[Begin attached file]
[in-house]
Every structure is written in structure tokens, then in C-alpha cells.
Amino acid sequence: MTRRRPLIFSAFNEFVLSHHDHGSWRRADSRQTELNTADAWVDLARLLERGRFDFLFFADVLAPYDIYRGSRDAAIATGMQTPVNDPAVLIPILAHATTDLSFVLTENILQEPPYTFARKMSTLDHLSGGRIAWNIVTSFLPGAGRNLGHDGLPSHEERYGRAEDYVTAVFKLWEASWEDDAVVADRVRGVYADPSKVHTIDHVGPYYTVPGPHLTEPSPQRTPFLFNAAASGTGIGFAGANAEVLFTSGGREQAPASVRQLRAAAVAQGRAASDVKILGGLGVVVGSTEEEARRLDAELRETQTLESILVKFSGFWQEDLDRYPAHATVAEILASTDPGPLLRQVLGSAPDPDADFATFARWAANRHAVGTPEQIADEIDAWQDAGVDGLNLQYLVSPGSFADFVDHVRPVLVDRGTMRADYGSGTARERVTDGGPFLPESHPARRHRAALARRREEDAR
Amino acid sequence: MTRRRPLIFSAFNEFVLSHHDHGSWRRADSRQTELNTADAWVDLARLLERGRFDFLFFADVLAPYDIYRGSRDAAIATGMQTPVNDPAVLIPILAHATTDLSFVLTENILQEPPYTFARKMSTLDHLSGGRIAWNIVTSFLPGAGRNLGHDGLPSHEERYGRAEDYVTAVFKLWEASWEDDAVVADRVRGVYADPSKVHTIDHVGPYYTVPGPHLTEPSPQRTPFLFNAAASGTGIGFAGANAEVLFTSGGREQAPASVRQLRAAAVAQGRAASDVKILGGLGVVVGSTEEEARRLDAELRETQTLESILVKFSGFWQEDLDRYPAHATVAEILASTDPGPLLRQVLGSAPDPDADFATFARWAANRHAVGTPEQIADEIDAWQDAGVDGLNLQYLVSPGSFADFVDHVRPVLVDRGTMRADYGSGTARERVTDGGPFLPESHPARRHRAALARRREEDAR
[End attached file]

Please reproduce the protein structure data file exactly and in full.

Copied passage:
[in-house]
Every structure is written in structure tokens, then in C-alpha cells.
Amino acid sequence: MTRRRPLIFSAFNEFVLSHHDHGSWRRADSRQTELNTADAWVDLARLLERGRFDFLFFADVLAPYDIYRGSRDAAIATGMQTPVNDPAVLIPILAHATTDLSFVLTENILQEPPYTFARKMSTLDHLSGGRIAWNIVTSFLPGAGRNLGHDGLPSHEERYGRAEDYVTAVFKLWEASWEDDAVVADRVRGVYADPSKVHTIDHVGPYYTVPGPHLTEPSPQRTPFLFNAAASGTGIGFAGANAEVLFTSGGREQAPASVRQLRAAAVAQGRAASDVKILGGLGVVVGSTEEEARRLDAELRETQTLESILVKFSGFWQEDLDRYPAHATVAEILASTDPGPLLRQVLGSAPDPDADFATFARWAANRHAVGTPEQIADEIDAWQDAGVDGLNLQYLVSPGSFADFVDHVRPVLVDRGTMRADYGSGTARERVTDGGPFLPESHPARRHRAALARRREEDAR
Amino acid sequence: MTRRRPLIFSAFNEFVLSHHDHGSWRRADSRQTELNTADAWVDLARLLERGRFDFLFFADVLAPYDIYRGSRDAAIATGMQTPVNDPAVLIPILAHATTDLSFVLTENILQEPPYTFARKMSTLDHLSGGRIAWNIVTSFLPGAGRNLGHDGLPSHEERYGRAEDYVTAVFKLWEASWEDDAVVADRVRGVYADPSKVHTIDHVGPYYTVPGPHLTEPSPQRTPFLFNAAASGTGIGFAGANAEVLFTSGGREQAPASVRQLRAAAVAQGRAASDVKILGGLGVVVGSTEEEARRLDAELRETQTLESILVKFSGFWQEDLDRYPAHATVAEILASTDPGPLLRQVLGSAPDPDADFATFARWAANRHAVGTPEQIADEIDAWQDAGVDGLNLQYLVSPGSFADFVDHVRPVLVDRGTMRADYGSGTARERVTDGGPFLPESHPARRHRAALARRREEDAR